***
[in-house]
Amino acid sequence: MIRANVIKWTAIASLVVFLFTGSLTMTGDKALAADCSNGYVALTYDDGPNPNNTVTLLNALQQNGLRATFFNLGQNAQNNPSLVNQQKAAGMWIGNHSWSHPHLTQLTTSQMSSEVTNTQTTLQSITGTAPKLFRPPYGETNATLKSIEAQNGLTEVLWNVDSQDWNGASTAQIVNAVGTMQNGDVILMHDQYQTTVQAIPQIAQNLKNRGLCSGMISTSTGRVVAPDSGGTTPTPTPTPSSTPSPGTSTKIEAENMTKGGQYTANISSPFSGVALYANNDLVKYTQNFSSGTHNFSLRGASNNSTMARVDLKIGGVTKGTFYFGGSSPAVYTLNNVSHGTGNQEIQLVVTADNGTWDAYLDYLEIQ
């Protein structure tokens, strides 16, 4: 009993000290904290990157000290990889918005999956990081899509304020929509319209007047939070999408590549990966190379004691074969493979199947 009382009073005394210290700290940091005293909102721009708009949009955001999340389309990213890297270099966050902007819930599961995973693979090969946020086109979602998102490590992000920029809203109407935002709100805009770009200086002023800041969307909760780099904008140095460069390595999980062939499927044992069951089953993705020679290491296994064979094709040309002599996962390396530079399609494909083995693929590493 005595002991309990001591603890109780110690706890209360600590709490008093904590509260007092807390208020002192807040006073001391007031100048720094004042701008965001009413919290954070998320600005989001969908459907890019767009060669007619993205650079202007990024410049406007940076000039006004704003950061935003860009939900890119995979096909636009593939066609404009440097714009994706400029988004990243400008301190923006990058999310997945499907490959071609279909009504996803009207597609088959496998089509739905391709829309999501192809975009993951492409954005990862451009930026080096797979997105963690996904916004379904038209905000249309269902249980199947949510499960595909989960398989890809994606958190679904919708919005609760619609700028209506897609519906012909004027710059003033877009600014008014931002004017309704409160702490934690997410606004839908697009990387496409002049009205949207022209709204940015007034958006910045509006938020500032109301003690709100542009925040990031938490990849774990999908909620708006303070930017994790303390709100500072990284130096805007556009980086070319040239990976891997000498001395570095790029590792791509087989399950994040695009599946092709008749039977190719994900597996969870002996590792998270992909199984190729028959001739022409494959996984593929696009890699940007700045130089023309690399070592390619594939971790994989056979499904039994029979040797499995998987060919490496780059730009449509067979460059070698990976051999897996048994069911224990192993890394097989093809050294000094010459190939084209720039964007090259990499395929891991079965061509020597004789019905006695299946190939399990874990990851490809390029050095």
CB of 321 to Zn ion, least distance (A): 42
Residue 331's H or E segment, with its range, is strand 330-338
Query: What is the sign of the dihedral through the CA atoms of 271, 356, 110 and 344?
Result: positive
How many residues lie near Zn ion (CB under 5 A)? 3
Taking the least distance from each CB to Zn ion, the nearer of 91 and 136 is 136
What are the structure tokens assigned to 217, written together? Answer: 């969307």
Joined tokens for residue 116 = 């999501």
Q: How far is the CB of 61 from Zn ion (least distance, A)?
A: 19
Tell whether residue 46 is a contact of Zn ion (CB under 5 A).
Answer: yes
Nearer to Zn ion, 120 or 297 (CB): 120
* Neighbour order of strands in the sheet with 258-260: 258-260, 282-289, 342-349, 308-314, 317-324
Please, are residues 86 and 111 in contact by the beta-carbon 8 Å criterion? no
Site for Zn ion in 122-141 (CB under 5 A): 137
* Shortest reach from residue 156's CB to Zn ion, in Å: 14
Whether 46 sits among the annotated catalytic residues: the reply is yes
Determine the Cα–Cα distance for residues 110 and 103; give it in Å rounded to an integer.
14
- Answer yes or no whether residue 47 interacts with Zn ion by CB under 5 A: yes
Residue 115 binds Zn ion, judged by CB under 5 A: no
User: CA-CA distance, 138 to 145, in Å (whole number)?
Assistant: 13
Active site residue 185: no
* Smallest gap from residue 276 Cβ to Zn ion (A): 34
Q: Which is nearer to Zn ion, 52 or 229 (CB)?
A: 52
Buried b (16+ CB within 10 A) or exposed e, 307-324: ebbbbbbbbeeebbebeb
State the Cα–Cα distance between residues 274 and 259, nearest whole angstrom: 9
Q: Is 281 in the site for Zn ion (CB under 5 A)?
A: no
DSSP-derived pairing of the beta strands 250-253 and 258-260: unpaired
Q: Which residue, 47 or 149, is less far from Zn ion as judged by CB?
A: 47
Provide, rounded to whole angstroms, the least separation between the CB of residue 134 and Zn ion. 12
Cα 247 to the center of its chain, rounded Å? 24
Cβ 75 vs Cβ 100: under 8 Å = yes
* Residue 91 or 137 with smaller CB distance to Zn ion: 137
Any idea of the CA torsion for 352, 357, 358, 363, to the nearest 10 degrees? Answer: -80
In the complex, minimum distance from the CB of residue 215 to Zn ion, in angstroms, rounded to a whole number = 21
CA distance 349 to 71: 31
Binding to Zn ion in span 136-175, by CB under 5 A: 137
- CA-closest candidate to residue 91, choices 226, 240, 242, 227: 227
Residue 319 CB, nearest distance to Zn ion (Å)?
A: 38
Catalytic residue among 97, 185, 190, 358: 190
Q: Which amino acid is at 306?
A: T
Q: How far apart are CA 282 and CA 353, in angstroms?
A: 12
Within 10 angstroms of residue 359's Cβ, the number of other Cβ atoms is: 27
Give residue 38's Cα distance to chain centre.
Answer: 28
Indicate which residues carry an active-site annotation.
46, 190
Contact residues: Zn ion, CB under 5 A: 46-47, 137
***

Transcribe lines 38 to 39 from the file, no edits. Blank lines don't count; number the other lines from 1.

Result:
A: 47
Provide, rounded to whole angstroms, the least separation between the CB of residue 134 and Zn ion. 12